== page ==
College and university campuses are unique environments when it comes to drug use, addiction, and treatment. Data from the American College Health Association’s most recent National College Health Assessment Survey for Fall 2017 show a sizable gap between surveyed undergraduate students who report using drugs and the perceived usage of various drugs on campus.

NCHA Data on Percentage of Student Drug Use

  * Respondents were asked about usage ranging from daily to any time within the last 30 days.

Certainly, perceived usage is not an accurate representation of actual usage, but the disparity suggests that despite extensive campaigns to dissuade drug usage, a significant misperception continues to exist regarding the so-called normalcy of drug use among students.  The same survey showed that although 83.4 percent of students received information from their college or university regarding drug and alcohol use, nearly 66 percent are not interested in receiving such information.
 
Campuses must continue to work to enhance prevention efforts while also building infrastructure to support intervention and treatment. This is indeed easier said than done as there are a myriad of issues that cloud intervention and treatment, including fears surrounding law enforcement involvement, parental notification, and social stigma, all of which might be obstacles for students seeking help with a drug problem. Realizing this, a number of campus health organizations have sought out innovative and effective ways to reach students at their level.
 

Dr. Devin A. Jopp
Devin A. Jopp, Ed.D.

The Association of Recovery in Higher Education (ARHE) is an excellent starting point for campuses and students alike. The organization’s website, www.collegiaterecovery.org, allows students to search for local resources such as student-led recovery meetings and support groups, as well as on-campus treatment options related to health care, wellness, or counseling teams. Students may also take advantage of broader resources like the AHRE’s magazine aimed at supporting students through lifestyle changes and useful strategies for maintaining sobriety.

The Substance Abuse and Mental Health Services Administration’s website  is another multifaceted resource that can help close the gap between students struggling with substance abuse and available treatment programs in their area. Besides sponsoring and presenting National Recovery Month each September (events and toolkits can be found at https://recoverymonth.gov/), the organization also provides a Behavioral Health Resource Locator tool that students can use anonymously to find counseling, inpatient, outpatient, and other treatment programs by searching for their city/state or zip code.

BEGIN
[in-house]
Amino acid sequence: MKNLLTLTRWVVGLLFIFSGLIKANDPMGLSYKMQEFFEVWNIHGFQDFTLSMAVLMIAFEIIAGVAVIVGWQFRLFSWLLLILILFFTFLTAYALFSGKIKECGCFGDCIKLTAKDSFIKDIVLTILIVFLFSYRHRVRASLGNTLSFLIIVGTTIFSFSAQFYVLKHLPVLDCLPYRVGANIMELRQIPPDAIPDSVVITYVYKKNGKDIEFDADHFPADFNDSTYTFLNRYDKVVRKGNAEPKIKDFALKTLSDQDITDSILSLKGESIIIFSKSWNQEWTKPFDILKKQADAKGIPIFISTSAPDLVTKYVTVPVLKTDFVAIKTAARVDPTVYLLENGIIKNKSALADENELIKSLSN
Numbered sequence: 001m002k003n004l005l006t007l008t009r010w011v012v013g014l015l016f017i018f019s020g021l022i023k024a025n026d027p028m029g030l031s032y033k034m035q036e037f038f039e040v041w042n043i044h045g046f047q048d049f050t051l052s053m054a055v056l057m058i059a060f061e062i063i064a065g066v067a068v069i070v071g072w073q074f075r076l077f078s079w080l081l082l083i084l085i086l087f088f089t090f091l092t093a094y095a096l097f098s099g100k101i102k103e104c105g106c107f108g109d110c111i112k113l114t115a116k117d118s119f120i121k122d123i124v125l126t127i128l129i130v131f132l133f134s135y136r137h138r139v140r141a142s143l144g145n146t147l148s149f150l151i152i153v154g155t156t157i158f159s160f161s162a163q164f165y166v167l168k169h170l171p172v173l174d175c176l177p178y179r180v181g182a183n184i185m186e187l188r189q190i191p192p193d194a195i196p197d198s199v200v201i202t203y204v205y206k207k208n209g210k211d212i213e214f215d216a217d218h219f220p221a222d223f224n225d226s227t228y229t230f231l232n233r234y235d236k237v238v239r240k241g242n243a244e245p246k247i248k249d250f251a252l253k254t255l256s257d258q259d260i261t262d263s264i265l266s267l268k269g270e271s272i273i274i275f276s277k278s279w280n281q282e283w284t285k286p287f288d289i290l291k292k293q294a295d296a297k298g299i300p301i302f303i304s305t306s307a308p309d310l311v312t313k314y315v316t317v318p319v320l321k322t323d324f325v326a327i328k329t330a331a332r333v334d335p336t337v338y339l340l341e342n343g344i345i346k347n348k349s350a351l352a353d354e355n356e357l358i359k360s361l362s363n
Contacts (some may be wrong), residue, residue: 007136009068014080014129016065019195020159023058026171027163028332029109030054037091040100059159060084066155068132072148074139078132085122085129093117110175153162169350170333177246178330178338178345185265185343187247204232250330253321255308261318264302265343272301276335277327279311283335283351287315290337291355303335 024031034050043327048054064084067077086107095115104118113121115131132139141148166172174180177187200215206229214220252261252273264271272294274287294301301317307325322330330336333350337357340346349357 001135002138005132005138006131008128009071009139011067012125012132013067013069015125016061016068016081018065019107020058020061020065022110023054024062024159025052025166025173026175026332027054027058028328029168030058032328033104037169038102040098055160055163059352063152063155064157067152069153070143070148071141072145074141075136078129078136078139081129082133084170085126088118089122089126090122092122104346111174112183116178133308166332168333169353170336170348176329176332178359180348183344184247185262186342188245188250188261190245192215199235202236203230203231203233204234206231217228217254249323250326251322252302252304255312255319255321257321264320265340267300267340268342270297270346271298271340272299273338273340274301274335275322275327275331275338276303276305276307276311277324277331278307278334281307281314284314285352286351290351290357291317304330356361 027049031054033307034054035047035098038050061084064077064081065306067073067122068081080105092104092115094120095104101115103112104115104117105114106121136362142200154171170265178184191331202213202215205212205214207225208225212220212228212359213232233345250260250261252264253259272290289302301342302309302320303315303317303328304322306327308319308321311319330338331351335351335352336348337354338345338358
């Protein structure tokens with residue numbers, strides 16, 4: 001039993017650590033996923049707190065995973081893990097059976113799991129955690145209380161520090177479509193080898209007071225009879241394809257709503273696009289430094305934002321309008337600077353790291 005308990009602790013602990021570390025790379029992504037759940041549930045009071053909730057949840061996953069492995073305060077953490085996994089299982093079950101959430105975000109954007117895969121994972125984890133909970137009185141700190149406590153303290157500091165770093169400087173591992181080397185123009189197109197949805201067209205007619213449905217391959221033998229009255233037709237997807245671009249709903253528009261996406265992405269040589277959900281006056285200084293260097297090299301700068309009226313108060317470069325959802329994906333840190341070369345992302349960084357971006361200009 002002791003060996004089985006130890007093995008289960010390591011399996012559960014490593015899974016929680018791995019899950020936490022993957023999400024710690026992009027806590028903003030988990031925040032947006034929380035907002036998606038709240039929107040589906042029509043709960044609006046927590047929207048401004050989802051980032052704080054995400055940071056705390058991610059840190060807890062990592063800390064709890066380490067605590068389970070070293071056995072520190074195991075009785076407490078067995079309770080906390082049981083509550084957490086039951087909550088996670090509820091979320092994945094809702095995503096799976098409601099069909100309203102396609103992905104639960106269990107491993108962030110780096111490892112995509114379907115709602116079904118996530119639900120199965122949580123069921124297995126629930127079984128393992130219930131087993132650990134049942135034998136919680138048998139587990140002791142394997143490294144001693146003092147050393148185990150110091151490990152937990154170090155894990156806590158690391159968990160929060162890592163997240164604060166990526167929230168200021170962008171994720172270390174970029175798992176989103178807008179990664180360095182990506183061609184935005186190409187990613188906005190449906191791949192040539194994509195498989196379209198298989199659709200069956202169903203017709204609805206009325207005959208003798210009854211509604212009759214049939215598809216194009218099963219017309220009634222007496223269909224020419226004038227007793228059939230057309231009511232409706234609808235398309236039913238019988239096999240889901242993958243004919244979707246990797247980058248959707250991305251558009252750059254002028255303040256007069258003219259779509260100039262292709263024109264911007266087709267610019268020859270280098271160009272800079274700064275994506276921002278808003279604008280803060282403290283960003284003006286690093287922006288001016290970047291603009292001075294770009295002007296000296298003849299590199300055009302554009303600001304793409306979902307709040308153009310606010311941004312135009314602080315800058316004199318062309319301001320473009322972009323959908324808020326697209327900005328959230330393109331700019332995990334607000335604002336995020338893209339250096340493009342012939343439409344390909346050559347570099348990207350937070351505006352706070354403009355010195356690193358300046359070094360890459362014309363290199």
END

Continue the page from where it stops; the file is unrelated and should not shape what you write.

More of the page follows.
One of the most interesting new developments in helping students address substance abuse is the designation of “sober dorms” or “substance-free student housing.” Rutgers University, University of Florida, Oregon State University, College of New Jersey, Texas Tech, University of Vermont, Auburn University, Penn State University, Ohio State University, and dozens more colleges and universities all offer some form of sober or recovery housing, many of which are also connected to programs for ongoing recovery and relapse prevention. The AHRE reports that 95 percent of students involved in collegiate recovery programs maintain their recovery and don’t relapse while involved with the program[1]. Comparatively, relapse rates in the general population range between 40 percent and 60 percent[2].

Clearly, the role of campus health is still evolving in response to drug and alcohol abuse, but the era of “inform and advise” must be supplemented with a strong “respond and support” function. In doing so, we are starting to identify better avenues for prevention, and more appropriate methods for reaching at-risk students and those already struggling with substance abuse before there are lasting negative impacts to their health and academic success.
 
Devin A. Jopp, EdD, is Chief Executive Officer of the American College Health Association (ACHA). Since 1920, ACHA has served as the voice for student health and wellness. Through advocacy, research, and education, ACHA stands at the forefront of issues that affect the health and wellness of our college students, representing over 1,100 institutions of higher education and the collective health and wellness needs of 10 million college students. Learn more about ACHA and the National College Health Assessment, a nationally recognized survey tool, at www.acha.org.
 
 


 
[1]https://collegiaterecovery.org/faq/ - What is the relapse rate of CRP students?
 
[2]JAMA, 284:1689-1695, 2000

 

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